In 2012 the European Court of Auditors found that EASA did not have an agency specific conflict of interest policy and procedures. EASA does not obtain or assess the declarations of interest for staff, Management Board, Board of appeal and experts.[5]

Member states

In addition to the member states of the union, the countries part of the European Free Trade Association (EFTA), i.e. Liechtenstein, Norway, Switzerland and Iceland, have been granted participation under Article 66 of the Basic Regulation and are members of the Management Board without voting rights.[6] There are also numerous working relationships with other authorities.[7]


Certifying staff

In Europe, Aircraft Maintenance Certifying Personnel have to comply to Part-66 Certifying Staff of the EASA.

Part-66 was based on the older JAR system and the required training level followed the ATA 104 system. There are 3 levels of authorisation:

Category A (Line Maintenance Certifying Mechanic [LMCM]): Basic A category Licence + Task Training (Level depends on Task Complexity) + Company Certification Authorization for specific Tasks ("A category A aircraft maintenance licence permits the holder to issue certificates of release to service following minor scheduled line maintenance and simple defect rectification within the limits of tasks specifically endorsed on the authorisation. The certification privileges shall be restricted to work that the licence holder has personally performed in a Part-145 organisation"),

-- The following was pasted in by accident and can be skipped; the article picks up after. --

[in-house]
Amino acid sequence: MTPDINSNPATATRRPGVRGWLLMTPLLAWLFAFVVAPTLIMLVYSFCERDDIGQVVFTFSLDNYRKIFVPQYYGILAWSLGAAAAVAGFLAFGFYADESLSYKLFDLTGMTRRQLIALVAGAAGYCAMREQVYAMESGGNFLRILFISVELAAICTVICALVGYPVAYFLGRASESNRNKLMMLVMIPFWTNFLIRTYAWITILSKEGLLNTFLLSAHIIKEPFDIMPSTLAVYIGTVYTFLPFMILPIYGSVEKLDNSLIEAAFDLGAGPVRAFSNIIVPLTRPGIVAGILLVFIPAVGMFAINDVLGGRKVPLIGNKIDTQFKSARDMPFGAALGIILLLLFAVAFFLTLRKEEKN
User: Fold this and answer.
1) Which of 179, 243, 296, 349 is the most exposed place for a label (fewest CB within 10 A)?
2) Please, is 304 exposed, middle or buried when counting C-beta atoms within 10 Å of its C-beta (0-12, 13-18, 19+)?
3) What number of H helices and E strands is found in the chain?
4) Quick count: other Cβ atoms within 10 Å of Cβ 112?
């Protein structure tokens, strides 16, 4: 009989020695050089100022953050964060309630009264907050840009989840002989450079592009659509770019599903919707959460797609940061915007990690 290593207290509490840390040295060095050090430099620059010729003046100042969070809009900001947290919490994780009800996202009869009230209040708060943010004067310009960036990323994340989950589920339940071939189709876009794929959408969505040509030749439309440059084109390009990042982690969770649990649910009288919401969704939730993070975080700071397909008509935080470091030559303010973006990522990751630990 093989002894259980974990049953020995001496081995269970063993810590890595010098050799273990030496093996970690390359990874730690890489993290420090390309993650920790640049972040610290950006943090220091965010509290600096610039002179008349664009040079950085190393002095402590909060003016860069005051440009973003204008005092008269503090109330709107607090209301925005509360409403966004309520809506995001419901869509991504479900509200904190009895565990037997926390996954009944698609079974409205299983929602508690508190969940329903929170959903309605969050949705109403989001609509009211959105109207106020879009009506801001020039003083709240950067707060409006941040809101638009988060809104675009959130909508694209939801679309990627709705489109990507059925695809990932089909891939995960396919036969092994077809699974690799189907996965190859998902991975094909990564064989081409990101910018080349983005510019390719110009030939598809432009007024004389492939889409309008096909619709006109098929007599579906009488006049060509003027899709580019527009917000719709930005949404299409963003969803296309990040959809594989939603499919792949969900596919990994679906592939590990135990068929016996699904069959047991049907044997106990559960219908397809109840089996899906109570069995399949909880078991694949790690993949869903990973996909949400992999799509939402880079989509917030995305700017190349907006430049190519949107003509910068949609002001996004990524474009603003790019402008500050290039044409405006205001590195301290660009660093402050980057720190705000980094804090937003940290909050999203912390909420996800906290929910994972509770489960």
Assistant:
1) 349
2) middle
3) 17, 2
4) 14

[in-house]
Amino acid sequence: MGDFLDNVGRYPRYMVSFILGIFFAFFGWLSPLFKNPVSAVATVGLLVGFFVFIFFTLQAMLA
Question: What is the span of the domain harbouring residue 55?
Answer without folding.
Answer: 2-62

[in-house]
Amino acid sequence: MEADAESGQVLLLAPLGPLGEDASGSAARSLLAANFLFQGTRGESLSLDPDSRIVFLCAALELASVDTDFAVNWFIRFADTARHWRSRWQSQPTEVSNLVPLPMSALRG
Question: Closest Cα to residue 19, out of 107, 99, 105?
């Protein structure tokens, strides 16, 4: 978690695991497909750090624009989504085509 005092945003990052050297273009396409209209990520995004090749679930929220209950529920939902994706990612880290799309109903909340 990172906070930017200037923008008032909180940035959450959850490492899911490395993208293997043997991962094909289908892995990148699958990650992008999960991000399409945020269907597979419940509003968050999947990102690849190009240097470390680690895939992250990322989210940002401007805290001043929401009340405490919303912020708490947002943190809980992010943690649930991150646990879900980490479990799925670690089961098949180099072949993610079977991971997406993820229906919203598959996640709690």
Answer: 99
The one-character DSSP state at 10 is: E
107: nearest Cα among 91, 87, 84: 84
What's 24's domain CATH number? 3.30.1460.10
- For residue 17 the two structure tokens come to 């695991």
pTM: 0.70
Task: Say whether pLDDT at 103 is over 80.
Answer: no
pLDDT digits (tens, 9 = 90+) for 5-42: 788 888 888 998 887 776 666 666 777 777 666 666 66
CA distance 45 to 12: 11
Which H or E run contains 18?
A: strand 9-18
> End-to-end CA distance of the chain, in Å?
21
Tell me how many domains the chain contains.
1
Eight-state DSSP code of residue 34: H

Category B1 (Mechanical) and/or B2(Avionics) (Line Maintenance Certifying Technician [LMCT]): Basic B1/B2 category Licence + Type Training (i.e. Line and Base Maintenance I.A.W. Part-66 Appendix III Level III) + Company Certification Authorization ("a category B1 aircraft maintenance licence shall permit the holder to issue certificates of release to service following maintenance, including aircraft structure, powerplant and mechanical and electrical systems. Replacement of avionic line replaceable units, requiring simple tests to prove their serviceability, shall also be included in the privileges. Category B1 shall automatically include the appropriate 'A' subcategory", a Category B2 aircraft maintenance licence shall permit the holder to issue certificates of release to service following maintenance on avionic and electrical systems").

Category C (Base Maintenance Certifying Engineer [BMCE]): Basic C category licence + Type Training (Line & Base Maintenance i.a.w. Part-66 Appendix III, Level III for the first Type Rating and Part-66 Level I training for subsequent Aircraft Types of similar technology, otherwise Level III training) + Company Certification Authorization ("a category C aircraft maintenance licence shall permit the holder to issue certificates of release to service following base maintenance on aircraft. The privileges apply to the aircraft in its entirety in a Part-145 organisation").